“I like the budget for Māori” – Former Māori Party leader praises Māori gains in budget

By Heta Gardiner

When she was in parliament, Marama Fox often went toe-to-toe with the Labour Māori MPs.  With emotions running high after Labour swept the seven Māori seats on election night 2017 pushing the Māori Party out of parliament, Fox said Māori were “like a beaten wife returning to their abuser.”  Even as recently as this week, Fox was vocal in her dismay at the Covid-19 Public Health Response Bill, something she still feels very strongly about.  But what a difference 48 hours makes.

After this year’s budget delivered almost a billion dollars in Māori money, even one of Labour’s harshest critics said she was proud of what the Māori MPs had achieved.

“I’m a little bit proud of the boys,” says Fox, referencing the male Labour Māori MPs who have often been on the sharp end of her criticism. 

When speaking of the Māori female MPs in Labour, Fox says, “I’ve always thought they’ve worked hard for Māori.”

But in this budget, it was the boys in particular that impressed her. “This budget they have proven me wrong. The Māori spend in this budget is great, the trade training they’re doing, free apprenticeships.

"The thing that sold it for me was the $200m for Kōhanga Reo. Credit when credit is due, I like the budget for Māori.”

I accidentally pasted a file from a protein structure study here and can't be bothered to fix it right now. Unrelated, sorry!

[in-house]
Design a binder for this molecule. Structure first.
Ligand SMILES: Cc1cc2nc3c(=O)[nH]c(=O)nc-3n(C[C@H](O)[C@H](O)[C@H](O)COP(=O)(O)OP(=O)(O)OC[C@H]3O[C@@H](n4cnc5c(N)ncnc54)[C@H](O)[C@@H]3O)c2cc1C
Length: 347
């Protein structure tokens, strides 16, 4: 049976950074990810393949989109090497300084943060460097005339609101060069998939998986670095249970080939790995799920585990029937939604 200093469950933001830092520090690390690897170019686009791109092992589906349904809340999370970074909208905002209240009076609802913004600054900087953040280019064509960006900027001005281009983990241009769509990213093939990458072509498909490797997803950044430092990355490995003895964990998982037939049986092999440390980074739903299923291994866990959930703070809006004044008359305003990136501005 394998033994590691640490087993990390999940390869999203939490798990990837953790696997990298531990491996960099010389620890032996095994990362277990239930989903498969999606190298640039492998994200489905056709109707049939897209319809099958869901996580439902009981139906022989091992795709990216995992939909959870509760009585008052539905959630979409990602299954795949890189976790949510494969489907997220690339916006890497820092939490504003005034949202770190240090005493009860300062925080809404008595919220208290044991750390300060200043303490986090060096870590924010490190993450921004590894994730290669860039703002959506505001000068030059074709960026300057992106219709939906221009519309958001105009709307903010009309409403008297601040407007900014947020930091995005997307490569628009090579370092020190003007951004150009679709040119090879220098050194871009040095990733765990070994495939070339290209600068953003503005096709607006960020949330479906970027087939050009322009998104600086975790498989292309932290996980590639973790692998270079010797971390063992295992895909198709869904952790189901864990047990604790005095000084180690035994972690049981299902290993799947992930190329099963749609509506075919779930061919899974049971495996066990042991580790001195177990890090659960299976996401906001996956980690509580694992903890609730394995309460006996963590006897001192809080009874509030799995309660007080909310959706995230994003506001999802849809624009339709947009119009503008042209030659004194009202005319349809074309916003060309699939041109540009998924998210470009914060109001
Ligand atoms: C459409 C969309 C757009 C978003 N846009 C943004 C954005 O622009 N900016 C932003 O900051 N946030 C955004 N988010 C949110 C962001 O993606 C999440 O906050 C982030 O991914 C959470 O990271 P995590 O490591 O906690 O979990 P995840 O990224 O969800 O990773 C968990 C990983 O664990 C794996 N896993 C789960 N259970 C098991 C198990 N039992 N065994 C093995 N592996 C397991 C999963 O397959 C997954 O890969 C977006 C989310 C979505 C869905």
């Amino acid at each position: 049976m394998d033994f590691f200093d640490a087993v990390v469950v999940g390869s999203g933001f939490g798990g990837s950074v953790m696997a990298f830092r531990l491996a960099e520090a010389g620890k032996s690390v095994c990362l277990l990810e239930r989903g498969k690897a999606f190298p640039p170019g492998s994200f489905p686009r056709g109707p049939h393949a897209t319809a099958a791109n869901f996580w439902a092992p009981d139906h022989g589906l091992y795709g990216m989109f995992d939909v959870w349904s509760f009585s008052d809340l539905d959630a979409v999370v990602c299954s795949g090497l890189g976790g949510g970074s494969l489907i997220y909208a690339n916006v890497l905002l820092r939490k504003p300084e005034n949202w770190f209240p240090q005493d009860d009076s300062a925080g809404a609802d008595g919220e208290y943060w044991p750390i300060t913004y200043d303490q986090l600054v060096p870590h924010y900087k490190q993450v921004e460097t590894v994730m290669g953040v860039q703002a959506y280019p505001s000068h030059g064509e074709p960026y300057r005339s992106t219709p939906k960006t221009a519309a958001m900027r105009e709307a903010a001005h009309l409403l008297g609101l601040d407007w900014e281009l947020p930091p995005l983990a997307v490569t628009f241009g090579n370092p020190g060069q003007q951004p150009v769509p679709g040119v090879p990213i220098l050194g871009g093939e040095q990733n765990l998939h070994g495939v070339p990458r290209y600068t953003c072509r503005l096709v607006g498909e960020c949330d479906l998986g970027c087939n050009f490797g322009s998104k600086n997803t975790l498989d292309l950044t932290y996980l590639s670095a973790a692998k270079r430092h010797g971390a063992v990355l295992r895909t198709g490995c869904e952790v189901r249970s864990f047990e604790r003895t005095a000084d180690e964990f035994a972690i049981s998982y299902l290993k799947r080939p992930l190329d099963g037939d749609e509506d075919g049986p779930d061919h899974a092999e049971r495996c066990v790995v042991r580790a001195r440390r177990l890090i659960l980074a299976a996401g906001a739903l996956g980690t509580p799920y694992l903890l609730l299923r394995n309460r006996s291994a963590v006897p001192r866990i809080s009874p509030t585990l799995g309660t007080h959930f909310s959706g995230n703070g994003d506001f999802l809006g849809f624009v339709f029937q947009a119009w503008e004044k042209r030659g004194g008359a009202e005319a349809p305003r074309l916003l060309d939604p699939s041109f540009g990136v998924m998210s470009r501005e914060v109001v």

She also praised the $136 million received for Whānau Ora in the budget.

In Labour’s first budget as government in 2018, there were not any extra funds for Whānau Ora, and the money for Vote Māori was less than half of what was secured the year before for Māori under a National government.  There was heavy criticism of the Labour Māori MP’s after that budget.  However, Whānau Ora has received a huge boost in the last two budgets, with $80m last budget to go with the $136m this year.

Fox made it clear throughout her interview with Te Ao that her approval of the Māori share of the budget did not mean she now wholeheartedly backed the Labour Party, the Labour Māori MPs, or the overall budget.

She says there are elements in the budget that she does not like. “Nevermind the slush fund for the racing industry” was one example she used, alluding to the extra money secured for racing under Racing Minister and New Zealand First leader Winston Peters.

But her praise of the large slice of the budget-pie secured for Māori is a continuation of the largely positive feedback from Māori around this budget.